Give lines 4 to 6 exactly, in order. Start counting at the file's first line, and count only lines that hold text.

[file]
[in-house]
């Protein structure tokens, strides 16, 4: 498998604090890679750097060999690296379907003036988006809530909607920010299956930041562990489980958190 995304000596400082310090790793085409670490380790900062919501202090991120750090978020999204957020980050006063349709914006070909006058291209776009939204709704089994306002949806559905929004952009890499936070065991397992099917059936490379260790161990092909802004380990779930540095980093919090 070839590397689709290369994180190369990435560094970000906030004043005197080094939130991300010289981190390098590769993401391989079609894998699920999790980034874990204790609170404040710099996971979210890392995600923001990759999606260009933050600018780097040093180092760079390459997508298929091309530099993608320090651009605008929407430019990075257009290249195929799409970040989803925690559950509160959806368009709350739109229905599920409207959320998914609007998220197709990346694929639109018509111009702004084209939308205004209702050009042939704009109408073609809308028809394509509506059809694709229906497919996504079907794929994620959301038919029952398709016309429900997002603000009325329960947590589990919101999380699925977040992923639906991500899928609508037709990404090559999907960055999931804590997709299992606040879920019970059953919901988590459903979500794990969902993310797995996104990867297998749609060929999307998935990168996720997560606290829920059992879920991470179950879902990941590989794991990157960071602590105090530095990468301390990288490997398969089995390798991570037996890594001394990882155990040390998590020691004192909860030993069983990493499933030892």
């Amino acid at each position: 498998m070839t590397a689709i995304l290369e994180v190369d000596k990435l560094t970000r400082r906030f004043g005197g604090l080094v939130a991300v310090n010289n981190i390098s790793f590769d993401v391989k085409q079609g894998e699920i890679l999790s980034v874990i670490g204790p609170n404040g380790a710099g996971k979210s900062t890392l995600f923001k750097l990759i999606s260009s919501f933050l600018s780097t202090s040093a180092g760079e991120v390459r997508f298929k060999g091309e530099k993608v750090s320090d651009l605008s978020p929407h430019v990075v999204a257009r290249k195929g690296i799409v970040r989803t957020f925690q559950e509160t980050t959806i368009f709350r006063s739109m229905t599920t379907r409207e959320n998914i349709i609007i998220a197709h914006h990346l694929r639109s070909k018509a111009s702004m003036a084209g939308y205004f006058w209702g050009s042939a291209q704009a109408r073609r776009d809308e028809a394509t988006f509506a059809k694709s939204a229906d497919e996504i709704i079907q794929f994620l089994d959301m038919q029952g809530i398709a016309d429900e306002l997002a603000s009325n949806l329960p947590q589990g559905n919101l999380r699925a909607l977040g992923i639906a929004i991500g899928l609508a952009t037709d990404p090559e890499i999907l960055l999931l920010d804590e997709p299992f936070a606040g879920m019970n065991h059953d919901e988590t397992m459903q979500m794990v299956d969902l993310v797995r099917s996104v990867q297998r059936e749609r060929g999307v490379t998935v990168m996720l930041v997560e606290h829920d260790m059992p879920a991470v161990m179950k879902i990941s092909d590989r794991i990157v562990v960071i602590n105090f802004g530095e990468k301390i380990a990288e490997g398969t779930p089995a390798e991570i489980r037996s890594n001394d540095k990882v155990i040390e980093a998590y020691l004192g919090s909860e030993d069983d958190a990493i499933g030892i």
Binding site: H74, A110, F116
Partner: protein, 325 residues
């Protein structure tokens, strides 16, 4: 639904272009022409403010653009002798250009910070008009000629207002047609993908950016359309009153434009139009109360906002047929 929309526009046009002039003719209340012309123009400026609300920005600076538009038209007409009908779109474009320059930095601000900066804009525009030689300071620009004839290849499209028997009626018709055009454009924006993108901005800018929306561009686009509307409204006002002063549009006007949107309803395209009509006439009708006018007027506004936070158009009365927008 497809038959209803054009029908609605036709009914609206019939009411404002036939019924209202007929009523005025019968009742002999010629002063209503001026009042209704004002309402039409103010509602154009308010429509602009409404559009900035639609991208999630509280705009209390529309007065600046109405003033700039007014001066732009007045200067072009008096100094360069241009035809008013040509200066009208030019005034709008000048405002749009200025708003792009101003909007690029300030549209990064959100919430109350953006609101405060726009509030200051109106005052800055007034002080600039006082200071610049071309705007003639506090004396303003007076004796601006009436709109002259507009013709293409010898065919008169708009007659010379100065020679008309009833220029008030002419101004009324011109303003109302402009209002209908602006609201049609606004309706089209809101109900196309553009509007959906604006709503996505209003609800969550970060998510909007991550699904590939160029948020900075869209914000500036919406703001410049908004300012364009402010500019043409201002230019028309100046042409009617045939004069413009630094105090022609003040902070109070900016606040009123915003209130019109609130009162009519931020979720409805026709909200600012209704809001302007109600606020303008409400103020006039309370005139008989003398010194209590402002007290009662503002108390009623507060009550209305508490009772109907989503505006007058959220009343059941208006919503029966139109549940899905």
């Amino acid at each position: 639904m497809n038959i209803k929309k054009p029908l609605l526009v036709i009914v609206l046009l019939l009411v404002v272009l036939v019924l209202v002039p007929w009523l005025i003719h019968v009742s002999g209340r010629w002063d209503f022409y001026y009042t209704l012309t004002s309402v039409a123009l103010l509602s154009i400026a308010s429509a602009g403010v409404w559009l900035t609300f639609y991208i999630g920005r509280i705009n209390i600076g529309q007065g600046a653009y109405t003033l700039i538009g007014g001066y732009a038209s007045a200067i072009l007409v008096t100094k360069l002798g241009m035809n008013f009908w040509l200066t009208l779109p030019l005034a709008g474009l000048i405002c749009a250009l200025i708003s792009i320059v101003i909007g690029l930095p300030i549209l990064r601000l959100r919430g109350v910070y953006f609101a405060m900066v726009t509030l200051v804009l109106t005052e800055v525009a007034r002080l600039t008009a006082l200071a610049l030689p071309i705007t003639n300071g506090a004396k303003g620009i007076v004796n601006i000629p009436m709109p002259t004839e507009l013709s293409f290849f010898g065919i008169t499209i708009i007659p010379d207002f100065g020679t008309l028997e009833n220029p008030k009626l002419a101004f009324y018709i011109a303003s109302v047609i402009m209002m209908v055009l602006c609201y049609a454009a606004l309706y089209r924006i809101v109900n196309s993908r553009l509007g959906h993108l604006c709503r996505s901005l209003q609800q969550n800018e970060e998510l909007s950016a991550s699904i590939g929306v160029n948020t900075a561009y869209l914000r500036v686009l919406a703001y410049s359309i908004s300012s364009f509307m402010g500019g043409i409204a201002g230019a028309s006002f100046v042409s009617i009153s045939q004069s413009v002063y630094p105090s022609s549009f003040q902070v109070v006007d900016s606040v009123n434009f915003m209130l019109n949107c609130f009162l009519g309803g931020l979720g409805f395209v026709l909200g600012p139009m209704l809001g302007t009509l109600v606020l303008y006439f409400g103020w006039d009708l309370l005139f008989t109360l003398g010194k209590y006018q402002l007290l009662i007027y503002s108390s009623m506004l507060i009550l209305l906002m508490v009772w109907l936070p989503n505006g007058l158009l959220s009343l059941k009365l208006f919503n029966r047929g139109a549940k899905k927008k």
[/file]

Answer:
Binding site: H74, A110, F116
Partner: protein, 325 residues
């Protein structure tokens, strides 16, 4: 639904272009022409403010653009002798250009910070008009000629207002047609993908950016359309009153434009139009109360906002047929 929309526009046009002039003719209340012309123009400026609300920005600076538009038209007409009908779109474009320059930095601000900066804009525009030689300071620009004839290849499209028997009626018709055009454009924006993108901005800018929306561009686009509307409204006002002063549009006007949107309803395209009509006439009708006018007027506004936070158009009365927008 497809038959209803054009029908609605036709009914609206019939009411404002036939019924209202007929009523005025019968009742002999010629002063209503001026009042209704004002309402039409103010509602154009308010429509602009409404559009900035639609991208999630509280705009209390529309007065600046109405003033700039007014001066732009007045200067072009008096100094360069241009035809008013040509200066009208030019005034709008000048405002749009200025708003792009101003909007690029300030549209990064959100919430109350953006609101405060726009509030200051109106005052800055007034002080600039006082200071610049071309705007003639506090004396303003007076004796601006009436709109002259507009013709293409010898065919008169708009007659010379100065020679008309009833220029008030002419101004009324011109303003109302402009209002209908602006609201049609606004309706089209809101109900196309553009509007959906604006709503996505209003609800969550970060998510909007991550699904590939160029948020900075869209914000500036919406703001410049908004300012364009402010500019043409201002230019028309100046042409009617045939004069413009630094105090022609003040902070109070900016606040009123915003209130019109609130009162009519931020979720409805026709909200600012209704809001302007109600606020303008409400103020006039309370005139008989003398010194209590402002007290009662503002108390009623507060009550209305508490009772109907989503505006007058959220009343059941208006919503029966139109549940899905």